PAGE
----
Taking steps to avoid financial abuse

One of the 10 signs of Alzheimer’s is decreased or poor judgment. This can put people at higher risk for financial abuse, even in the early stage of the disease. Proper planning and an understanding of available resources can help people reduce this risk.

Some signs of Alzheimer’s relate to finances
Problems in managing money can be one of the early clues of a cognitive impairment. Signs may include:

  • phone calls to a financial advisor or loved regarding the same subject matter
  • an inability to recall signing paperwork
  • forgetting prior conversations about finances
  • expressing an unusual interest in risky investments and/or
  • trouble understanding basic financial concepts that the person understood in the past.
Woman signing documents

It is valuable for everyone to create legal and financial planning documents and share the information with trusted individuals. This is even more critical for those living with Alzheimer’s and related disorders. As the disease progresses, the person living with Alzheimer’s may no longer have the ability to make legal decisions.

Risk for exploitation
Fraud directed at older Americans is estimated at $50 billion per year, not counting legal expenses and related costs. A 2014 study estimated the prevalence of elder financial fraud to be approximately 14% for those above age 60 in Florida and Arizona.

Fifty-six percent of financial planners report having an older client who was a victim of financial exploitation, with an average loss of about $50,000. These individuals are also at risk for repeated exploitation – serial scamming.

Although cognitive impairment is a risk factor for financial exploitation, it is by no means the only one. Anxiety about keeping their retirement savings, social isolation and cognitive impairments may cause a person to accept advice or help from people looking to commit scams, fraud or theft.

Steps to protect
Sometimes family members are reluctant to discuss finances with their loved one. They may fear family conflict or be uncomfortable talking about money. The illness or death of a family member or friend may open the door to having the discussion.

Advance planning can help protect persons living with Alzheimer’s and other dementias from financial abuse. It can also help to reduce the need for expensive and time-consuming legal procedures.

Estate and trust attorneys advise clients to consider whom they would appoint to make decisions for them if they were unable to make their own decisions. Proactive estate planning often includes documents such as:

  • Wills and living trusts
  • Health care directives
  • Powers of attorney

Tools
It is easy to feel overwhelmed by the task of providing clear and thorough information to family members or trusted friends so they can step in if needed. There are tools available to help.

Some may find it helpful to use an online tool to securely store the information. This may include details and locations of wills, accounts, insurance policies, log in credentials, real estate, advisors, funeral wishes, and so forth – even information about pets.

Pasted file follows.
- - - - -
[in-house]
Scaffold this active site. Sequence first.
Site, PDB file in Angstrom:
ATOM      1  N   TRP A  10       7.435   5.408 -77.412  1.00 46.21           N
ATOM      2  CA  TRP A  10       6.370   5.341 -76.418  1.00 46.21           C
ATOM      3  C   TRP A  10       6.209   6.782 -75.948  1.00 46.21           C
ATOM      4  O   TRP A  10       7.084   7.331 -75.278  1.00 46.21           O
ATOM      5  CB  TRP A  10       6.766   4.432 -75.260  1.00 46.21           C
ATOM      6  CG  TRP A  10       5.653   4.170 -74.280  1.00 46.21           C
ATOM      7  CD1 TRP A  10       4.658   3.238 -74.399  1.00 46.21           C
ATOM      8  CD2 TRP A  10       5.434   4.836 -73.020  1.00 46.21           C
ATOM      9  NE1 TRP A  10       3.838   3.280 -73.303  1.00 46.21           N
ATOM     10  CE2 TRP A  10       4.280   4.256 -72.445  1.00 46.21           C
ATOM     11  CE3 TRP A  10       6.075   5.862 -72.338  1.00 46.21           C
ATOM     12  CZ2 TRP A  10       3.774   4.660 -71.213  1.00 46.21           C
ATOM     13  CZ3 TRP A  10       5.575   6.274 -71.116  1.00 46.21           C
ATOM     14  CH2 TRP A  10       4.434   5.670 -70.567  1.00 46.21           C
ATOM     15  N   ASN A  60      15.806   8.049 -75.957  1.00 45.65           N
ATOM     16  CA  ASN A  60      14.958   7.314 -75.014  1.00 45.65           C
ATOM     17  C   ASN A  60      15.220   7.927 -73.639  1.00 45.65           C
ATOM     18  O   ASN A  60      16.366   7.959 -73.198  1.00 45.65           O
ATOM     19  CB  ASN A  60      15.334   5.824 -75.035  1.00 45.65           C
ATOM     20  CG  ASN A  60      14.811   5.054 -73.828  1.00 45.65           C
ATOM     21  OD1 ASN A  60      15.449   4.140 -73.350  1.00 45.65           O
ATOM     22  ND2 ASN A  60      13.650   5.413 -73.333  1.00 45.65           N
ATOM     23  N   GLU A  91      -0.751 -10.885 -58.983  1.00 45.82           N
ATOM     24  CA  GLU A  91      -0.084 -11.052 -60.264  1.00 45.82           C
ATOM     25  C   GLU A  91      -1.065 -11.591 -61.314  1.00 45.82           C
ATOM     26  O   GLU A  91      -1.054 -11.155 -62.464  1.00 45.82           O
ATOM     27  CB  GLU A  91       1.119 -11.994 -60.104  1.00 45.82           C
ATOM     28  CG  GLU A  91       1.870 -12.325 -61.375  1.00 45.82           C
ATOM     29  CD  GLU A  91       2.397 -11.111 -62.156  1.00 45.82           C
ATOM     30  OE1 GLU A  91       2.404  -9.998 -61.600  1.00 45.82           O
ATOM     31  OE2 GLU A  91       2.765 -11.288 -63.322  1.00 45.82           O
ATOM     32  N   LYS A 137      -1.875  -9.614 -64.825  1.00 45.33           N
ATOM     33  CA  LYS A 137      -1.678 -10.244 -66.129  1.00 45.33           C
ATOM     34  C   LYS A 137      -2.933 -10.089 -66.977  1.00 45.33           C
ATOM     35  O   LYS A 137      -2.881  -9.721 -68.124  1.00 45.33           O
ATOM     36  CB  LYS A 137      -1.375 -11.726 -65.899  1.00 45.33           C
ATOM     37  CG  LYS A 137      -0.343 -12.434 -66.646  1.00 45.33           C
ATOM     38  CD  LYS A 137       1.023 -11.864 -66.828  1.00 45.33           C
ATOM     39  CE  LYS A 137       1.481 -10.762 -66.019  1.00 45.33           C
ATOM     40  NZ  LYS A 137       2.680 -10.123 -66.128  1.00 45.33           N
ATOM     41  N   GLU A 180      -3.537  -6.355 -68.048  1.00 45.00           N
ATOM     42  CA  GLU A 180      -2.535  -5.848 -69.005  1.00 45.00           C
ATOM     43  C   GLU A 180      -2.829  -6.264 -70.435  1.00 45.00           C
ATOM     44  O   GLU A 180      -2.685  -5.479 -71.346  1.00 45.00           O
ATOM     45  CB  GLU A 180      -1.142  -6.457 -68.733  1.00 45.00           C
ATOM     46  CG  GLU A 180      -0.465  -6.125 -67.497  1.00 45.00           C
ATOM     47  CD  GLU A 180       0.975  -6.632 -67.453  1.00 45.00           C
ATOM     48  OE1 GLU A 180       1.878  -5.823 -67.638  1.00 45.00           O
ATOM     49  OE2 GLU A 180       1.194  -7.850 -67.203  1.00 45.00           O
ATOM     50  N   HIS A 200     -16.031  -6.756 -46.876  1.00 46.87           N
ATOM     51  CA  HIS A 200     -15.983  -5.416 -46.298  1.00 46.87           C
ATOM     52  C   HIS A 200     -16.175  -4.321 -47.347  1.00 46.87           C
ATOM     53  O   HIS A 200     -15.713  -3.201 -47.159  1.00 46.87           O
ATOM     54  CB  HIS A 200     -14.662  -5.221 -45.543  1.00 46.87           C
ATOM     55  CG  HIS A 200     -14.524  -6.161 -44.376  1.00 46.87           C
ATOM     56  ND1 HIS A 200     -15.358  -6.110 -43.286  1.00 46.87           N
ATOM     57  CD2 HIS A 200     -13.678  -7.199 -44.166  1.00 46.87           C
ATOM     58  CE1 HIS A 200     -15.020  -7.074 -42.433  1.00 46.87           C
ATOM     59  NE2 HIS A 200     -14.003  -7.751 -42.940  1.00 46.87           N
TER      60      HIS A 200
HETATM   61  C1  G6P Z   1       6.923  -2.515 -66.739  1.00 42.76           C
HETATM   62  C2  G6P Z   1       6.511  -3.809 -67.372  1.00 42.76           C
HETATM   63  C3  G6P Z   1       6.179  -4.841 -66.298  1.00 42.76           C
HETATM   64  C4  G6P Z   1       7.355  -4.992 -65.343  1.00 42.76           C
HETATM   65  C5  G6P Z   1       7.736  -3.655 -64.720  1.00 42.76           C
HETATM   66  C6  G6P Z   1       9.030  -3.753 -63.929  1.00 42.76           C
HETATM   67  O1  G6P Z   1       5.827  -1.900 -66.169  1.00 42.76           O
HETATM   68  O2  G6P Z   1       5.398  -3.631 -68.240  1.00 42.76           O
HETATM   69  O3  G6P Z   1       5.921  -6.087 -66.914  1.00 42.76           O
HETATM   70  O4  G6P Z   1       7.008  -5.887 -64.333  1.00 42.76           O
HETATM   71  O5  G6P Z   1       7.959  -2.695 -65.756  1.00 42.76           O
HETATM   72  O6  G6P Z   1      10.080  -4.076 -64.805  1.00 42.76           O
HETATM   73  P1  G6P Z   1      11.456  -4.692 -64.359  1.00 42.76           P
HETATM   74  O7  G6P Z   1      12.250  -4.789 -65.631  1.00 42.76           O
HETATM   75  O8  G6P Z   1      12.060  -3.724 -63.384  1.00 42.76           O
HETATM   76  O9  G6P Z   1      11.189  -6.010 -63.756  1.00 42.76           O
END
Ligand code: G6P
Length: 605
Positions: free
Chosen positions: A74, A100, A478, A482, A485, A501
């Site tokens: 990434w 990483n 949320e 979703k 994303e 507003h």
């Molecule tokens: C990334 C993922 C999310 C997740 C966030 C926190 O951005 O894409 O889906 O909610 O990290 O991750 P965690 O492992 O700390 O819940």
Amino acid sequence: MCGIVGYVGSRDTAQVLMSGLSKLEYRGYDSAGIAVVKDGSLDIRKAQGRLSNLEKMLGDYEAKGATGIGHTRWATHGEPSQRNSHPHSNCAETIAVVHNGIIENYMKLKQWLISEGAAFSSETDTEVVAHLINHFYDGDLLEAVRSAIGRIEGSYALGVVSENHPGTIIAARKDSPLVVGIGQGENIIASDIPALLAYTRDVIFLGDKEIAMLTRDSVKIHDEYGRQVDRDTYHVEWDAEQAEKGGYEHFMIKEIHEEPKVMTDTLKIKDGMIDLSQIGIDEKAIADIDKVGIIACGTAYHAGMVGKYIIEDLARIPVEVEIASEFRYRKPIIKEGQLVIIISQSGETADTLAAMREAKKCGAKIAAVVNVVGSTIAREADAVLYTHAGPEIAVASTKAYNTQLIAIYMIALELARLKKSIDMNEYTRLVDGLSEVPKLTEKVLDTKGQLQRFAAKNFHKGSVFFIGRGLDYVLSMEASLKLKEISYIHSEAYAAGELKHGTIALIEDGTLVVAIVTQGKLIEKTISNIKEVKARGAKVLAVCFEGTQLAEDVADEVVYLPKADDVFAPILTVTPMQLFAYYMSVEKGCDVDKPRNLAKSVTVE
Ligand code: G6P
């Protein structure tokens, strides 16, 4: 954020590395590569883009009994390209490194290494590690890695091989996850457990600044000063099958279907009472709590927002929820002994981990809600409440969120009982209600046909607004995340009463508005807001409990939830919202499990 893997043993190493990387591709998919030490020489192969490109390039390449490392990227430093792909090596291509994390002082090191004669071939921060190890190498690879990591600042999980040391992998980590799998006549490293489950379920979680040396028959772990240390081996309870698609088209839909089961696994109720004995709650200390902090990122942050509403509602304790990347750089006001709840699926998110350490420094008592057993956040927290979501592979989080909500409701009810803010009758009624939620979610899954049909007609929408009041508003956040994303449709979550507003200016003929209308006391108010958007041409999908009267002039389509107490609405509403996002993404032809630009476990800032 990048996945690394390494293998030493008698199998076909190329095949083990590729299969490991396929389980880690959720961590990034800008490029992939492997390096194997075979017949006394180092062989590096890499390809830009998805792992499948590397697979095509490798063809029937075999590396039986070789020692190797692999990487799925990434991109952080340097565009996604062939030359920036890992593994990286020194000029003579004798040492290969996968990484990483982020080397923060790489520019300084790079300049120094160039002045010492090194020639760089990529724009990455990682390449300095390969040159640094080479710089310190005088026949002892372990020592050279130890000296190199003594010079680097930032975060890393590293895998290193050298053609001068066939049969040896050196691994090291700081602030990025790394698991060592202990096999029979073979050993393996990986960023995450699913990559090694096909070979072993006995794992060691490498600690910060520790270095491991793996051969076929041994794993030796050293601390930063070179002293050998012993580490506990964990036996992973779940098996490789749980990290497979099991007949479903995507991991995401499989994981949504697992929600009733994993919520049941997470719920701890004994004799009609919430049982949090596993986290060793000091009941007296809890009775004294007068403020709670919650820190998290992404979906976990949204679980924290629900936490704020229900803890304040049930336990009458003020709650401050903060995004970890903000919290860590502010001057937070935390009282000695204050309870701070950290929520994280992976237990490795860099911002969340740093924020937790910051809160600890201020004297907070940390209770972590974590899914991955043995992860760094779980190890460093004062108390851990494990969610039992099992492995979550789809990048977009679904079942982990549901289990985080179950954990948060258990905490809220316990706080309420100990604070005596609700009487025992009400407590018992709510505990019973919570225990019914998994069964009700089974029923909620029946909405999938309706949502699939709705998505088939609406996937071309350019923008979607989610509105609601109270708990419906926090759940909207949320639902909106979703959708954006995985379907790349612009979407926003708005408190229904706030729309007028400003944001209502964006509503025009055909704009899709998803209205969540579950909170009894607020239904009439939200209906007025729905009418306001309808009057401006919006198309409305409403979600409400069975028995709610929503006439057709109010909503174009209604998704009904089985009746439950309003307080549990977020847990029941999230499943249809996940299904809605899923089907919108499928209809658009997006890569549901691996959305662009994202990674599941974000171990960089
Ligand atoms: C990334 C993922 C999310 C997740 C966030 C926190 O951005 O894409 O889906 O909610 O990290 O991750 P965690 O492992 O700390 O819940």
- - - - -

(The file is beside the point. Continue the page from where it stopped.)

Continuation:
Some online platforms allow people to share certain details with trusted family members and advisors, while keeping other pieces private. When the person can no longer make their own decisions, trusted friends, family or advisors can access what they need. This can help to reduce the emotional and financial stress of the situation on loved ones.

There are also offline tools to help individuals prepare and organize their documents. The Alzheimer’s Association and other groups provide written resources to help individuals plan and discuss their wishes.

Regulations designed to reduce risk of fraud
Some family members use systems that allow them to monitor financial transactions and/or receive alerts if their loved one forgets to pay bills or makes unusual purchases.

New federal rules that took effect in 2018 give individuals the ability to name a trusted contact whom financial advisors can notify if they suspect cognitive decline or possible financial abuse. The rule also permits financial firms, under certain conditions, to place a temporary hold on a disbursement of funds or securities from the person’s account.

Signs to watch for
Some tell-tale signs of fraud that financial advisors or others may notice include:

Man sitting on bed
  • sudden changes in beneficiaries
  • rapid increases in debt
  • inability of advisors and staff to recognize handwriting on documents approving transactions
  • unusually large withdrawals from bank accounts or investment portfolios (especially when coupled with an inability to explain the purpose), and/or
  • introducing a “new best friend” to financial discussions.

New scams and schemes arise all the time. The complexity of financial decisions – especially when transactions can occur rapidly over the internet – can create a confusing and disorienting environment for any investor. When cognitive impairment, overconfidence, and elder abuse find their way into this mix, bad things can happen.

Consumer protection groups, law enforcement agencies, financial institutions and advisors strive not only to alert people to these dangers; but to provide barriers against fraud and abuse.

Note: if you suspect that someone may be the victim of financial or other abuse, please call 911 or your local Adult Protective Services.

We would like to thank Jennifer Weir of Schultz Collins, Inc., for her contributions to this post.

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